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If you run in food allergy circles, I’m sure you have heard about the Netflix Original series called “Rotten.”  This six-part look into the food industry has certainly ruffled feathers in our little world.  There are many who are unhappy about the focus of episode two, titled “The Peanut Problem.”  One thing I have heard a lot is “why the focus on peanuts?”  Some are asking about the funding of the project, produced by Zero Point Zero. I like a good conspiracy theory as much as the next person, so I was really curious to see what I could find out about this series. I started digging, and it didn’t take long to find some things I thought were interesting.

Many in the food allergy world who watched it only watched the one episode out of the six. I’ll raise my hand too—that’s what I did.  While I’m pretty up on food industry workings, we’ve had a lot of snow days this year, so I haven’t had a lot of extra time to sit and watch a six-part series.  We sat down and checked out just this one episode and I was left with a pretty neutral opinion of it.  There were little pieces here and there that kind of irked me, but overall it was fine.  I did not run to the interweb to voice my objections or praise. I was left feeling kind of like “well, that was interesting.”  I wasn’t shocked at the outspoken views when I did finally check out Facebook and Twitter. As they say, you can’t please all of the people all of the time.

After reading all the hubbub from stats to financing, to who said what, I hit the Google machine.  It really didn’t take much digging at all to find out what I thought was interesting.

First off, the question of “why peanut?”  There seems to be a lot of “us vs. them” in the allergy world.  While I know I won’t change that with one blog post (oh, but if only!) there is a really good explanation on why.  The series in its entirety was made to highlight criminality in the food industry. Had I watched the entire series, I may have picked up on that, but again—time. In the U.S., there aren’t criminal cases against restauranteurs over adulterated ingredients.  They went to the U.K. to specifically cover the case against the restaurant owner who, knowingly and for financial gain, changed from using ground almond to ground peanut in their curries. This was why they focused on peanuts in the series.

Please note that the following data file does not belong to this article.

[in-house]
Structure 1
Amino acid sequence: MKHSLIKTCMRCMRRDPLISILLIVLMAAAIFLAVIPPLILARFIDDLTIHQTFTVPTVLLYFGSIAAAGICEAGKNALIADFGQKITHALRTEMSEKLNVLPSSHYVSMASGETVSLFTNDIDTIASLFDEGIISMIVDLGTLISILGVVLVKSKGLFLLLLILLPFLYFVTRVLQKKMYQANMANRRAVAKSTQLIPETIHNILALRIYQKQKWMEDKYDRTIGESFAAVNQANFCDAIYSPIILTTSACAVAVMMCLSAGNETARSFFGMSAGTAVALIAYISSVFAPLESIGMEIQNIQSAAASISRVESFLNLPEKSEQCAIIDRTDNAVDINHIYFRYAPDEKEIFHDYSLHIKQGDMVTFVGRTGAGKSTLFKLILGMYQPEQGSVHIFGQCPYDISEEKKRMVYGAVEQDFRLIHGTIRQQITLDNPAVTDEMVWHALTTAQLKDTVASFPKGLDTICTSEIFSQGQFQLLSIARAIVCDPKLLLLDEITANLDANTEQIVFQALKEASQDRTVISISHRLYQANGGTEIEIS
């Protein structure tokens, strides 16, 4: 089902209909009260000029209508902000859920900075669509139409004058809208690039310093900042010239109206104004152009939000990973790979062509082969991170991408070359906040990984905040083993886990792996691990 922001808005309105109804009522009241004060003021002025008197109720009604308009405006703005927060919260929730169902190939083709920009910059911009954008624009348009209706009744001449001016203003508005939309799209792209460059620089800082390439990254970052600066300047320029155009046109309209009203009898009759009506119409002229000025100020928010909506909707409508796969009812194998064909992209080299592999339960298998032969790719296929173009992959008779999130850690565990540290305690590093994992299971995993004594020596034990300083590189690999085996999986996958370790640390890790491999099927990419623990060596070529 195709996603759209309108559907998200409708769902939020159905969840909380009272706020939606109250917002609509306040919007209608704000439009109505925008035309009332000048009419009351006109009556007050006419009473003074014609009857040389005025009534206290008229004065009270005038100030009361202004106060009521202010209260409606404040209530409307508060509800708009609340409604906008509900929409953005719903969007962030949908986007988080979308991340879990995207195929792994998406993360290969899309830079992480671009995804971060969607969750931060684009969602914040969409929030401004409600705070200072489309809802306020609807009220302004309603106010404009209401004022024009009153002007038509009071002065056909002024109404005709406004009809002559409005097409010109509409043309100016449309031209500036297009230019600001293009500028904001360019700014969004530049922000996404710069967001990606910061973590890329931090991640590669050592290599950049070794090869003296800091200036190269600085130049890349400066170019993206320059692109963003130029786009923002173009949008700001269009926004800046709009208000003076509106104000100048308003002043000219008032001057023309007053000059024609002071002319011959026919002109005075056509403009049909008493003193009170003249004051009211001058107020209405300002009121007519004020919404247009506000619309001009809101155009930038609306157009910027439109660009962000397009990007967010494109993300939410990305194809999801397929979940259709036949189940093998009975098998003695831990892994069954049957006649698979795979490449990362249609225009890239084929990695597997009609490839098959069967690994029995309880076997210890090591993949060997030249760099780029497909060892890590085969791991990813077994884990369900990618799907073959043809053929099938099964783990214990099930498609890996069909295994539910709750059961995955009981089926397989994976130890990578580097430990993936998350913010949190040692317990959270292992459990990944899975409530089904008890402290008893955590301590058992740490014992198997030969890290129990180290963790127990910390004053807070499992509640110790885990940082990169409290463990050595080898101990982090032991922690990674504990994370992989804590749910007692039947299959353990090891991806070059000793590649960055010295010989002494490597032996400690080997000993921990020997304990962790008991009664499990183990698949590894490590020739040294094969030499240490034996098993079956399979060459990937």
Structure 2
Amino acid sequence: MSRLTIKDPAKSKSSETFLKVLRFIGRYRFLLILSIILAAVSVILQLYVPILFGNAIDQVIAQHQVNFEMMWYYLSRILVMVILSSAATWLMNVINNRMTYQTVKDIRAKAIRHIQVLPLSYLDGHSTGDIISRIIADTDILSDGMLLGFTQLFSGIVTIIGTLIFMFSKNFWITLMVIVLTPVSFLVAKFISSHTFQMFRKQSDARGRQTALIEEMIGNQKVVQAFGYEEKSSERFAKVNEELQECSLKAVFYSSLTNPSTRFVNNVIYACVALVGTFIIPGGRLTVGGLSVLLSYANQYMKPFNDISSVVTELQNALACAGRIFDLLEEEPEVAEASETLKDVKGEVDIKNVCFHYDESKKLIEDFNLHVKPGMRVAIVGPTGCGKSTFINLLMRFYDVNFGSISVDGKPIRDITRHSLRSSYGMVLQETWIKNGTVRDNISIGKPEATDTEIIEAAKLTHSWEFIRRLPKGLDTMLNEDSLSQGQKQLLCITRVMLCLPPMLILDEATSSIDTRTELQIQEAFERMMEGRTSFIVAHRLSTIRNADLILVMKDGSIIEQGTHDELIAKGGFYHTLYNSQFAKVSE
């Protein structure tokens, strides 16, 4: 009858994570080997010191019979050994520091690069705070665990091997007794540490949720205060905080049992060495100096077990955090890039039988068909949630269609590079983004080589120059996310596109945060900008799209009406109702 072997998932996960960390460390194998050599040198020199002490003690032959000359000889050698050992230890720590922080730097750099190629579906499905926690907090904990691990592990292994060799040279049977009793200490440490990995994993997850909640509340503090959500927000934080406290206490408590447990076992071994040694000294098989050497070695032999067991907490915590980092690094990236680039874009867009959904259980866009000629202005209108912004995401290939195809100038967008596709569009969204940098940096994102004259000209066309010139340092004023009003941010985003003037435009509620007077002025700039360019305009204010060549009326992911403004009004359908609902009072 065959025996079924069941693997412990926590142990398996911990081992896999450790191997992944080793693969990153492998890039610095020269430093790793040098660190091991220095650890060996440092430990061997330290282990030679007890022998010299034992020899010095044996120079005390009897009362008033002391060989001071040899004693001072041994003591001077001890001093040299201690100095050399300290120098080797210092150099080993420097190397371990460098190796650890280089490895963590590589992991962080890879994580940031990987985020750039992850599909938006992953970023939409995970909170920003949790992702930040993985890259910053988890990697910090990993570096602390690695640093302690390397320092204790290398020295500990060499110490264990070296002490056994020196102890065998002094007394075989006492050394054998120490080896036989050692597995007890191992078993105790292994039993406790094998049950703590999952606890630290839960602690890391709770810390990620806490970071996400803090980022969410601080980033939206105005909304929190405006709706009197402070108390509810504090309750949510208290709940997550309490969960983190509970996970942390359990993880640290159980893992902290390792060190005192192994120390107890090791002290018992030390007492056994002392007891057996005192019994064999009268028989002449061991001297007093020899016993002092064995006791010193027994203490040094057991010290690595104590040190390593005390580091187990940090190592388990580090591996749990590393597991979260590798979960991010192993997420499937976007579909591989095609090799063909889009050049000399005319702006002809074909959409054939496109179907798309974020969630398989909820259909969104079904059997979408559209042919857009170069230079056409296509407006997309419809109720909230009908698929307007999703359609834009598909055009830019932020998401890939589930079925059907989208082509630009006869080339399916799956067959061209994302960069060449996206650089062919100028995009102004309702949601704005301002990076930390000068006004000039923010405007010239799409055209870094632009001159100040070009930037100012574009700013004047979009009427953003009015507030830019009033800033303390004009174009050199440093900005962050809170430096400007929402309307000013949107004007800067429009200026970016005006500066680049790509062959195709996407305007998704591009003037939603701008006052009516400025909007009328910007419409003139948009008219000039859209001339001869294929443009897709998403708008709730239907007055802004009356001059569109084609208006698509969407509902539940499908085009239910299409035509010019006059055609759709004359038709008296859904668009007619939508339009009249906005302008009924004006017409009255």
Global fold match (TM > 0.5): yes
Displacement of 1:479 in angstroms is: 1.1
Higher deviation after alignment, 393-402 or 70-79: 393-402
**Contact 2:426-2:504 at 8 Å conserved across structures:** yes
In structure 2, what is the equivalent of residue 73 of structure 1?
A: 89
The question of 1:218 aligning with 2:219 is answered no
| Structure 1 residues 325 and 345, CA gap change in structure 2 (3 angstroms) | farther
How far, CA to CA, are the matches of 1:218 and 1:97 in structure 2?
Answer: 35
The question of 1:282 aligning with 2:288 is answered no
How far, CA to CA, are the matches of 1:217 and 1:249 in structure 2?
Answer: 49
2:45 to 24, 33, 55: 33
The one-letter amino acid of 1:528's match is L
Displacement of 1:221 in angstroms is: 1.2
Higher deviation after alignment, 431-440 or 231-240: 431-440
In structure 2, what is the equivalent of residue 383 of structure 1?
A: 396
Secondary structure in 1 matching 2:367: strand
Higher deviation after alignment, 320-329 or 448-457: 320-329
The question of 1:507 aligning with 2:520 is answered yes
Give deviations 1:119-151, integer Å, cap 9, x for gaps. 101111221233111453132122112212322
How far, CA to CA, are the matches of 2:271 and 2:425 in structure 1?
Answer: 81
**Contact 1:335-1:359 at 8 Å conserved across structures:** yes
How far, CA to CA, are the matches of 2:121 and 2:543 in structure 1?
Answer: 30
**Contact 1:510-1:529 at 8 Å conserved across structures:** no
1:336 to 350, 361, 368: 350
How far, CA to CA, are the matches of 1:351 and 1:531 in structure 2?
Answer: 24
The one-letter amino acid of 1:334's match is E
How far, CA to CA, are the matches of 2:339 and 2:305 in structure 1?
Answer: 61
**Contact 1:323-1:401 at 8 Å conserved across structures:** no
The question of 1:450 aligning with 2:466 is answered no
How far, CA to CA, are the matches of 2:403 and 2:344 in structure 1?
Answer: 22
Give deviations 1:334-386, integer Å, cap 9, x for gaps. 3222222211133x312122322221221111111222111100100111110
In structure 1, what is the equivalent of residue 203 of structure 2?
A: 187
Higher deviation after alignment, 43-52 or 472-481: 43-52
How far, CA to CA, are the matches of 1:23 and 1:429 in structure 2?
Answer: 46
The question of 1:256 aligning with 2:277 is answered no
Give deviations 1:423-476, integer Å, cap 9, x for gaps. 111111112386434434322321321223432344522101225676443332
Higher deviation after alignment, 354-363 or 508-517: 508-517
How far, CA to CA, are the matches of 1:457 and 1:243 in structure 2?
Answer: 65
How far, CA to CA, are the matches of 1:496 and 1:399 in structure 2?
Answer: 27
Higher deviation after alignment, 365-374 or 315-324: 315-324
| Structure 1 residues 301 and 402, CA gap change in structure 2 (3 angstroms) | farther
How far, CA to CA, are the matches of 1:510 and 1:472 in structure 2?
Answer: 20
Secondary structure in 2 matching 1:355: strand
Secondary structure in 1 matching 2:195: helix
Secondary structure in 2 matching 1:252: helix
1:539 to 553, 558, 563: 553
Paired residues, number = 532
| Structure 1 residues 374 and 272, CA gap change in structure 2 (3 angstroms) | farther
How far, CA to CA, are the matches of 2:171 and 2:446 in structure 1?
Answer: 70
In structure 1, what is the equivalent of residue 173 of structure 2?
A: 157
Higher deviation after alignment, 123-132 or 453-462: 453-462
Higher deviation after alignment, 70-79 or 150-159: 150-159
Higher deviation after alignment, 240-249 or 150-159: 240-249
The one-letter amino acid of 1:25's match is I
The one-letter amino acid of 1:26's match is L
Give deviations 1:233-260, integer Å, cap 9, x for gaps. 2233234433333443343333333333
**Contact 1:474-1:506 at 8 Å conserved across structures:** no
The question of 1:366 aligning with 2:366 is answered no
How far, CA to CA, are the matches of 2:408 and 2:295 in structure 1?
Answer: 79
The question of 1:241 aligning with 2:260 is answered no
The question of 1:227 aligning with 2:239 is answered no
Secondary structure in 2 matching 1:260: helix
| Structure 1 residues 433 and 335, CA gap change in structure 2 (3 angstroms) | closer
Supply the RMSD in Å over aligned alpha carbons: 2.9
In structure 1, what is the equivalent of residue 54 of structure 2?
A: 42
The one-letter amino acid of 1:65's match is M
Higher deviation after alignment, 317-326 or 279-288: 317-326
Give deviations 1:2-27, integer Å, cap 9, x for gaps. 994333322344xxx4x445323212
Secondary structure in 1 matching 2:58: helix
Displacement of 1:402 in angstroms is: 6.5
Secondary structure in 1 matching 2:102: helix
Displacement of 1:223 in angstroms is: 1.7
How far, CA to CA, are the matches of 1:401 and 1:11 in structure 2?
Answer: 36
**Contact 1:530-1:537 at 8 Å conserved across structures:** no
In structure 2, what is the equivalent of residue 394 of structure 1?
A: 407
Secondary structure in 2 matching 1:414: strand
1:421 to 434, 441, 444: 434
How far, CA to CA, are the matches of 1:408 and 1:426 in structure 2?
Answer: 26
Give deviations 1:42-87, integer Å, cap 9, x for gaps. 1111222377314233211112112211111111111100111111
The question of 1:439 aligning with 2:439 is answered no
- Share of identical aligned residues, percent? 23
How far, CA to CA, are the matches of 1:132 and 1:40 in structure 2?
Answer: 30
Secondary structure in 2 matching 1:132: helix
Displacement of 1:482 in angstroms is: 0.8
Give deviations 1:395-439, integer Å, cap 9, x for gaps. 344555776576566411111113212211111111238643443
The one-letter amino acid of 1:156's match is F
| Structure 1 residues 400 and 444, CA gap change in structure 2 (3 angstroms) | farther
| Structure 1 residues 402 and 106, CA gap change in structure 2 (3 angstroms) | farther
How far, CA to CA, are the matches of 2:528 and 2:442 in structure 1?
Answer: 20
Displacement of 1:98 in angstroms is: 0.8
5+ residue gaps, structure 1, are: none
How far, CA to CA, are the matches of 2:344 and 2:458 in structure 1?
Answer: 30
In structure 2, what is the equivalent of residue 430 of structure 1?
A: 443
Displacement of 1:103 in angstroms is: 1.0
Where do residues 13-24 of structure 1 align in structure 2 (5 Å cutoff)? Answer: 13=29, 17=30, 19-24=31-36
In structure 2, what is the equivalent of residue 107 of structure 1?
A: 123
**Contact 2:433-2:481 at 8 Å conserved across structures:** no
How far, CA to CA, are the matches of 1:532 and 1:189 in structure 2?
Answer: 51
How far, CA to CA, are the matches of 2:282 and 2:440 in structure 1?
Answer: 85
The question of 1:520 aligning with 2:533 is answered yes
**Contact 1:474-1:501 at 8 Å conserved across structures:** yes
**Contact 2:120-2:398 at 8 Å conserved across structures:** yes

I have also seen people feel that they shouldn’t have introduced the peanut farmers. They say things like “I don’t feel sympathy for them!”  I can understand this visceral reaction to seeing something that can instill fear into so many of us. We too are a peanut allergic family. We live it too. I DO understand that fear. I also understand this is their livelihood. This is what they know and how they earn a living.  I understand my family is (thankfully) in the minority. I understand that there are families for whom peanut butter is a cheap, easy, shelf-stable, portable protein. It’s not us vs. them (peanut farmers or other allergy families), it’s a teachable moment. Like all things in life, we need to work together to help find solutions, to co-exist and to do it safely.

This series was a Netflix exclusive.  I have heard grumblings that there could be nefarious financial deeds happening behinds the scenes.  While I have no idea how the film industry works (perhaps I’m being Pollyanna about this), I don’t see who would have enough money to get themselves into this 6 part series.  Again, perhaps I’m being naive, but I have to imagine it would be a lot of money. Like, a LOT.

My overall thought is that this was interesting from the criminality aspect of the industry. Chef Ming Tsai (full disclosure: he helped my kiddo get over a very large allergy-related hurdle, so I feel indebted to him 😉 ) made some amazing points to the industry. They NEED to know what is in the food they are serving, or they need to get out!  I think I’m pretty much in agreement with the masses in our circle that he was the standout of the show.  I know people seem to be really pro or against it, but I just came away with “Huh. Interesting point of view and well done.”  I think they did try and add things in that didn’t belong because it kind of muddled the intent of the show but again, overall it was a decent watch. It’s a great conversation starter too. With over 54 million subscribers in the US alone, the potential for getting even the word allergy out there to the masses beyond our circle is something that can get more people talking.